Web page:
I recently read a wonderful article about one of my favourite films, Nic Roeg’s Don’t Look Now. The  critic, Peter Bradshaw centres his discussion of the film on the use of the colour red, for obvious reasons. Bradshaw’s analysis interested me because for some time I have been aware of how my own responses to film have become increasingly concentrated on the picture in front of me, not the story being told. Recently, I watched Terrence Malick’s The New World, wallowing in the sensuous imagery, the endless pictorial tableaux. In The Thin Red Line, another Malick masterpiece, I can skip through the (albeit riveting) military action to watch, over and again, the billowing grass on the mountain or the hypnotic swimming scenes. And how else to explain my love of David Lynch’s oft-maligned Mulholland Drive, other than by pointing out the film’s surface brilliance and Lynch’s unique gift for portraying the dark corners of rooms? Therefore, I enjoy the cowboy scene, but the scenes of the creepy Hollywood house enthrall me, with their intimidating shadows and deep, gloomy colours. Is the film’s narrative ridiculous? Like I care.

With Bradshaw’s article in my mind, last week I stood in the Rijkmuseum in Amsterdam, staring at Vermeer’s The Kitchen Maid. Many years had passed since I last looked at this picture, and, as so often when in confrontation with an iconic work of art, my thoughts and feelings rushed and swirled. Once I had become accustomed to the ache of love, I was able to really look at the picture and, eventually, to think about what my eye was drawn towards. Because, shockingly, what kept attracting my gaze were the basket and the pail hanging behind the woman, and the texture of the walls, and the whitewash, flakier under the window than on the wall at the rear of the room. The perspective lines of the window emphasise the pull of the eye, or at least my eyes, towards that place, just as Piero della Francesca’s La Flagellazione should command one’s gaze towards the figure of Christ standing, like Vermeer’s dark corner of a room, to the left of the picture, and in the background.Vermeer the Kitchen Maid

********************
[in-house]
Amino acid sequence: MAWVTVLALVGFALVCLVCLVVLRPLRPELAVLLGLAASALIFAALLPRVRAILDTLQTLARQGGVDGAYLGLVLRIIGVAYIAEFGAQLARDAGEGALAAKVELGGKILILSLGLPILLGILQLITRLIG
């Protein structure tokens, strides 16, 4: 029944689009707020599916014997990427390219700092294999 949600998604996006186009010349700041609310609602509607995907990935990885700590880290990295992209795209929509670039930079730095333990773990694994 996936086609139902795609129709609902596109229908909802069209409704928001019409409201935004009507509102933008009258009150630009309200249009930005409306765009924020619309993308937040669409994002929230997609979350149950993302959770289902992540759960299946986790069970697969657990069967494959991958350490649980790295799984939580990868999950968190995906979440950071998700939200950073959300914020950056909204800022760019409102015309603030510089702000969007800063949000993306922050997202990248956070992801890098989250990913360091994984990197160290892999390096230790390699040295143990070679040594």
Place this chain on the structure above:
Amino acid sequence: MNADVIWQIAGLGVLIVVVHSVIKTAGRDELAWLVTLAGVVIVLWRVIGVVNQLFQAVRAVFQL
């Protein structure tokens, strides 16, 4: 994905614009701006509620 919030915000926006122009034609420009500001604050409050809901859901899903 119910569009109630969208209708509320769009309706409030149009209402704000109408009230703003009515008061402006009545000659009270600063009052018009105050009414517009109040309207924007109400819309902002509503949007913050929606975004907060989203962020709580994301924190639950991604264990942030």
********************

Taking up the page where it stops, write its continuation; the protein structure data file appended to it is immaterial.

Piero employs the elegant classical architecture as sublime signposting, directing our attention to the picture’s moral centre. In Het Straatje, hung alongside the Kitchen Maid, Vermeer’s chimney pots and rooflines draw my eye to the obscure foliage that climbs up against the gable end of the house furthest into the background, above and beyond the other focal point of the picture, the leaning woman down the passage. That foliage, dull in comparison with the beautiful creeper in the left foreground, is an outdoors dark corner as mysterious and unyielding as the behind the radiator darknesses of Lynch’s Eraserhead (and indeed those radiators reappearing in Blue Velvet and Mulholland Drive). Het Straatje, viewed there, and in a room of merciful tranquility on a dull January afternoon, presents a quite amazing spectacle, confounding the very presumptions of picture viewing, leading the eye into banal areas, the eye somehow endlessly readjusting to take in the different elements – the step gables that lead to nowhere, the combination of open and closed windows that. altogether, reveal very little, the part-completeness of the view, whereby nothing is portrayed fully, the unemphatic display of the working women, each as important and unimportant as the next – yet never fully settling on  anything, so that the focus is both complete and blurred. We know what we are looking at, but not what we are looking for. The picture stands, equal in power, in dramatic counterpoise to Piero’s clear vision of Christ.Piero,_flagellazione_11

Except, of course, when I last looked at La Flagellazione, having rushed in to be the first and only viewer in the room at the gallery’s morning opening, I could not pull my gaze from the sumptuous costume of the central figure on the right of the picture, in a most glorious and unforgettable red.

DQ 2011

Vermeer’s Het Straatje